The positive operational trends described above combined with continued low interest rates have led new investors into the self storage real property market. Capitalization rates have compressed for high-quality class A institutional size properties, traditionally in demand by REITs and private equity groups. This phenomenon of many players seeking and bidding up relatively few available class A assets have sent yield-seeking investors down the quality scale to capture higher returns in stabilized assets in one-off markets and class B and C assets located in secondary and tertiary cities. We expect these trends to continue through 2015. As such, the Company intends to continue seeking investment opportunities in real property self storage facilities and to employ its strict standards in evaluating all new opportunities. Also, we intend to expand by new construction some of our self storage facilities wherever economically feasible. Global Self Storage in Sadsburyville, PA has completed the major construction of a new all climate-controlled building adding 17,500 net leasable square feet, which will bring the total net leasable square feet for that high-quality class A institutional size property to approximately 80,000 square feet. In the second half of 2015, Global Self Storage in Bolingbrook, IL intends to convert 40,000 square feet of current parking space to new climate-controlled and traditional storage unit buildings, resulting in another state-of-the-art Global Self Storage property of approximately 100,000 net leasable square feet excellently located in a Chicago suburb of favorable long term demographics. Next up for expansion review are the Merrillville, Rochester and Summerville II Global Self Storage facilities.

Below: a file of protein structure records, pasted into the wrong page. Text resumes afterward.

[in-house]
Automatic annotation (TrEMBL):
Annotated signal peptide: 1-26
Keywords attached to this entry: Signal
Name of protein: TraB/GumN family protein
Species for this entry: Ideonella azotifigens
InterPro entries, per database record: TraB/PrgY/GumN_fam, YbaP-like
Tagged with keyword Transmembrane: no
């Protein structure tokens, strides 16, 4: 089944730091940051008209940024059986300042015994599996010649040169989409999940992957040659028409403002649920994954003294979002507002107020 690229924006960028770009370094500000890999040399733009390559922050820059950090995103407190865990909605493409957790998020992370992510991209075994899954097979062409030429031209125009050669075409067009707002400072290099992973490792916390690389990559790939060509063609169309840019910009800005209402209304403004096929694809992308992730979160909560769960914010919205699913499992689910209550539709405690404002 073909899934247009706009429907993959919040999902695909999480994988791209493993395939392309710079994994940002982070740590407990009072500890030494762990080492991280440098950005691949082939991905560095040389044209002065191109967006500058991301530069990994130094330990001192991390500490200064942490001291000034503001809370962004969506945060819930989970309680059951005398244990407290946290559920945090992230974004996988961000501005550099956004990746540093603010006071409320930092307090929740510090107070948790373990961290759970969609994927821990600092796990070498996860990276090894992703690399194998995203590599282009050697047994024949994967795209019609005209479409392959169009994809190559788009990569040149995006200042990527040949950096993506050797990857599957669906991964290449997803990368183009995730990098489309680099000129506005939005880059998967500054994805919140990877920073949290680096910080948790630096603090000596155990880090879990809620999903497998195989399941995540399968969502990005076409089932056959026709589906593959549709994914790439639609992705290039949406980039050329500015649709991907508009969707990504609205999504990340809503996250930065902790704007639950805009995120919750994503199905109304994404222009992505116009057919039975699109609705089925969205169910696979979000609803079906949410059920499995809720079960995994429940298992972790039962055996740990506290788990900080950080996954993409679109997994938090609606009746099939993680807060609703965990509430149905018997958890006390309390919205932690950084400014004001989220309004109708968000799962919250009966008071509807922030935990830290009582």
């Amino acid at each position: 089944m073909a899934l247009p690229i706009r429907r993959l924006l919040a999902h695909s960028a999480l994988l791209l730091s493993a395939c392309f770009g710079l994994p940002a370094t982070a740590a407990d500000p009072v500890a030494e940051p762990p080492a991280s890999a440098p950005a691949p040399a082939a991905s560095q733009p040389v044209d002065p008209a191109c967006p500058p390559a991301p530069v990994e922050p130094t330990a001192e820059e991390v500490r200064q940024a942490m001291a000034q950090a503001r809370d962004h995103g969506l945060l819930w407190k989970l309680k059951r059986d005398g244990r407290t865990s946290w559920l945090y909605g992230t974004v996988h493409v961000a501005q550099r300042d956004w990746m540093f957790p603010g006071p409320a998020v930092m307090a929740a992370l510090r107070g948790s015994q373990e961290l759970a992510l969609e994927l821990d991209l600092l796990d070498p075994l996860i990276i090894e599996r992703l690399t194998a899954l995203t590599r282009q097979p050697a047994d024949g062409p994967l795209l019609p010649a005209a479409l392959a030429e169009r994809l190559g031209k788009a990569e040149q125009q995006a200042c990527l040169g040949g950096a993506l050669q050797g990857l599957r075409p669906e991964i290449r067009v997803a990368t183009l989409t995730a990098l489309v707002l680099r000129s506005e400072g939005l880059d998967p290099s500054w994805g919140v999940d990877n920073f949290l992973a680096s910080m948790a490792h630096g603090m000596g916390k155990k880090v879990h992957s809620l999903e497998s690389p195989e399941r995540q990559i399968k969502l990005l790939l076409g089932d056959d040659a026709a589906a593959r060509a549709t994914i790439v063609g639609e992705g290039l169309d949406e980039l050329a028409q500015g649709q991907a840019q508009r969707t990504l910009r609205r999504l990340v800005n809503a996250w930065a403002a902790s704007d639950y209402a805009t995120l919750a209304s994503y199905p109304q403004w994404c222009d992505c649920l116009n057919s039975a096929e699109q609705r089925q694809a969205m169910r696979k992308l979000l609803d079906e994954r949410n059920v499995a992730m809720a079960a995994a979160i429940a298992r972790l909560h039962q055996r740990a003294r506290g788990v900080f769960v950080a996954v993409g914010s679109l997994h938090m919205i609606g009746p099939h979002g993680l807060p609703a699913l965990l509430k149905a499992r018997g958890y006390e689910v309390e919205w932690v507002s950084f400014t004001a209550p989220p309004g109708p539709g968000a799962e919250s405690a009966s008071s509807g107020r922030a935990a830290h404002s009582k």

3
Annual Report 2014
SELF STORAGE GROUP, INC.

 

 
 

 
TO OUR STOCKHOLDERS
 
   




 


Risk Factors
Stockholders should note that there are a number of risks related to the Company’s business during the implementation and following the consummation of the Business Proposal. These include, but are not limited to, risks related to the operating performance of the Company’s self storage facilities and risks associated with the Company’s real estate investments. There are also risks related to the Company’s organization and structure and risks related to the Company’s tax status as a REIT.